In the game of record, Kiley did not catch a long pass from Kelly. Rather, Jack Underwood, a hometown hero from Duluth Central High School, took a short pass near the sidelines from Cobb Rooney, another athlete bred in the forests and ore mines of the northern half of the Gopher State. According to the coverage of the game in the following morning’s News Tribune, it was Underwood who raced along the sideline, slipping past a tackler and shaking off the Packers’ famous Curly Lambeau before struggling over the goal line. He gave his Duluth “eleven” a 6–3 victory.
The paper didn’t mention anything about Underwood or anyone else pausing to thumb a nose at a spectator.
And therein was one of the chief challenges in writing about the legendary teams from Duluth: separating romance from records and distinguishing folklore from fact in retelling stories born during sports’ “golden age.” Every anecdote, every statistic, the spelling of every name, was verified. And along the way it became clear that the overall story of the Duluth Eskimos is the story of the NFL’s birth.
It’s a story the league considered important enough that in 1963 Dick McCann, director of the about-to-open Pro Football Hall of Fame in Canton, Ohio, asked Haugsrud to fill a trunk of Eskimos mementos. Scouring his attic and the collections of fans and former players, Haugsrud gathered and donated pictures; papers; a replica No. 11 Ernie Nevers’ Eskimos jersey; one of the extra-long mackinaw coats the Eskimos wore on the sidelines and while traveling; a pair of mud-splattered football pants worn by hall-of-fame halfback Johnny “Blood” McNally; a pair of football shoes used in games by Eskimos’ center Bill Stein of Two Harbors, Minnesota; an old leather helmet; and other items.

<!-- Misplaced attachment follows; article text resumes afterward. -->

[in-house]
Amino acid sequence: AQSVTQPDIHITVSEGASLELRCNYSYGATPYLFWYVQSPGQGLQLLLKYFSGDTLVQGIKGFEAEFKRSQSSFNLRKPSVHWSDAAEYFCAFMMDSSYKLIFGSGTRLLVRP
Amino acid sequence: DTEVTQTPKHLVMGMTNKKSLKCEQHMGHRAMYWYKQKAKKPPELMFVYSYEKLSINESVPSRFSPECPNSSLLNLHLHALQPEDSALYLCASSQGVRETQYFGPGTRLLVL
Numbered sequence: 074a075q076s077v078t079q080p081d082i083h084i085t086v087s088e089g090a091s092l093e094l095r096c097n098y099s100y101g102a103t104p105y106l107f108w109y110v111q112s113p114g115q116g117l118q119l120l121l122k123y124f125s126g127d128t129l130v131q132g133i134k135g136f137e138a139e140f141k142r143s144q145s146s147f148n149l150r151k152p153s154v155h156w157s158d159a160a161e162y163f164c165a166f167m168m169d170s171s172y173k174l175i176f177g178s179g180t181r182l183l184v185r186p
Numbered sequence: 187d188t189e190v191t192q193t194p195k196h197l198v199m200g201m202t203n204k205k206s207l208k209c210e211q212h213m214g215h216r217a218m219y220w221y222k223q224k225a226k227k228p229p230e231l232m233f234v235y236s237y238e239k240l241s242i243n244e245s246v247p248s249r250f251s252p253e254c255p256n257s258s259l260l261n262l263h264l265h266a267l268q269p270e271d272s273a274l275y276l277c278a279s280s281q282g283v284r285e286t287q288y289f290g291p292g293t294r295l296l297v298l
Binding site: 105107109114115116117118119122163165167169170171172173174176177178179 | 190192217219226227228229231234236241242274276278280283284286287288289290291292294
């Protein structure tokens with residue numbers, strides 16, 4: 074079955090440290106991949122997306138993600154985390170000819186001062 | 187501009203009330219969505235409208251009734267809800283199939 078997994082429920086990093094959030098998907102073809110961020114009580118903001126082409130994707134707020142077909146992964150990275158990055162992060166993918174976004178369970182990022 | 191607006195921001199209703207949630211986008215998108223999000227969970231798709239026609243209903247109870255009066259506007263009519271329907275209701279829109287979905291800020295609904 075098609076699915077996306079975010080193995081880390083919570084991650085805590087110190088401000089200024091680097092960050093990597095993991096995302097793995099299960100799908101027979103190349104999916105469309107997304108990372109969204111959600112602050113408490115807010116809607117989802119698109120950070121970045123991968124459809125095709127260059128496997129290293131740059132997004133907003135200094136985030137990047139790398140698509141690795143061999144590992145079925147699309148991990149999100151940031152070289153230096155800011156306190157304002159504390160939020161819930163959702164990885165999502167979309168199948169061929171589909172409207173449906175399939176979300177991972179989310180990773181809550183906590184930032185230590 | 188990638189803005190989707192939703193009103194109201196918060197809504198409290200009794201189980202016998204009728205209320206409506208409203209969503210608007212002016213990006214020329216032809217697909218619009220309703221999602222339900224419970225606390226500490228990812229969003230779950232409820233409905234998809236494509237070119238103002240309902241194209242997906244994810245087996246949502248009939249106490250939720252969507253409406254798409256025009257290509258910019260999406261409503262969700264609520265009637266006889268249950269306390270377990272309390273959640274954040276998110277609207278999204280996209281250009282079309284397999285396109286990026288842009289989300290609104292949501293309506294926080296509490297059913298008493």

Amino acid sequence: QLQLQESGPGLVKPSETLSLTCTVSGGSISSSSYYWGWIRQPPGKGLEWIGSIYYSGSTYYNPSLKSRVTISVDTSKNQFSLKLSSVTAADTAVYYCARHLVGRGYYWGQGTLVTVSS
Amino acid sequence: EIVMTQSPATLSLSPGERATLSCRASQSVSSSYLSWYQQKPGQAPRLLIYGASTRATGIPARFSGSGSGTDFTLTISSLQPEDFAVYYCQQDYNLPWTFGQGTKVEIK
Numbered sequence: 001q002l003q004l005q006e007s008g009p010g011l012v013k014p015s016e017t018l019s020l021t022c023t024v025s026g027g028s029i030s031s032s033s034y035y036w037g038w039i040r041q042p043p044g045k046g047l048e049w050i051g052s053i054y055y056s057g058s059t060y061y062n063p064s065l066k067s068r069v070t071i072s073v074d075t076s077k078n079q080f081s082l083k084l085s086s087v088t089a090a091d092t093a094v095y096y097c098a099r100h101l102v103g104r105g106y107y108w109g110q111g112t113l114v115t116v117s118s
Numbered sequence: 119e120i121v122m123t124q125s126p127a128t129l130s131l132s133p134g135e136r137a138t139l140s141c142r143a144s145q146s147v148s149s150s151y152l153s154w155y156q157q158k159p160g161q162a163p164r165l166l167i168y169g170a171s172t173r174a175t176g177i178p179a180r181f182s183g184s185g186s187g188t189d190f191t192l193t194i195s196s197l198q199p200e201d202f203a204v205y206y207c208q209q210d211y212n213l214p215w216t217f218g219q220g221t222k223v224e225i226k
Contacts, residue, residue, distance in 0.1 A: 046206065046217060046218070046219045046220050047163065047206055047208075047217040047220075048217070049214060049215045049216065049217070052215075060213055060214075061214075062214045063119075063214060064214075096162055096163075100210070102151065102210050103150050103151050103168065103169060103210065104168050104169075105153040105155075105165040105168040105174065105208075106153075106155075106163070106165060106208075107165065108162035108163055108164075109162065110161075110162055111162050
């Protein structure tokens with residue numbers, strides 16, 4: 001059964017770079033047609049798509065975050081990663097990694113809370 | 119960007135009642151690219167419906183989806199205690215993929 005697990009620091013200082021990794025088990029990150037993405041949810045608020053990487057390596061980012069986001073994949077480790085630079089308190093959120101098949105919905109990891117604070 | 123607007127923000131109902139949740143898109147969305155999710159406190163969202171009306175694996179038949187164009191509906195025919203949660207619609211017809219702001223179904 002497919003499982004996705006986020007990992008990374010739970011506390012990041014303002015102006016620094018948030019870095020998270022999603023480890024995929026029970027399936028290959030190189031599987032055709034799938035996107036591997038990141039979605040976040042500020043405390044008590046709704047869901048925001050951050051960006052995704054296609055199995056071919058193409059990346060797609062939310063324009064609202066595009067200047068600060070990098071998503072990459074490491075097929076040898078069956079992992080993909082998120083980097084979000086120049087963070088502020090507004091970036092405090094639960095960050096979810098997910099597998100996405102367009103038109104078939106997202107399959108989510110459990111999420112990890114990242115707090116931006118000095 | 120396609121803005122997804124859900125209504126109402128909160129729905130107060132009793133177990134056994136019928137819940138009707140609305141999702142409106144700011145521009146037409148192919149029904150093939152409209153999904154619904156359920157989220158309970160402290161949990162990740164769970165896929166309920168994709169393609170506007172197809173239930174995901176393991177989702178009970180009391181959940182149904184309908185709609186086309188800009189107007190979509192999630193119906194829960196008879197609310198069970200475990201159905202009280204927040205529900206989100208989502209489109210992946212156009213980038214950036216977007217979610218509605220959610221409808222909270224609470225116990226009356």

“There’s a story in every piece,” Haugsrud said. He wrote that Stein “greased his elbows before every game so that opposing linemen would slide off without leaving a scratch.”
The pieces—the “most fantastic collection of memorabilia in sports history,” as McCann wrote shortly after the hall of fame’s opening—helped to recreate a locker room scene at the hall of fame. The trunk is open. Football gear is spilling out. An exhausted player sits, hunched over on a bench.
“The result is one of the most dramatic displays in all museum history,” McCann wrote. It “portrays the role that Minnesota and its mighty men played in the long-ago struggle to bring the game to its present great stature.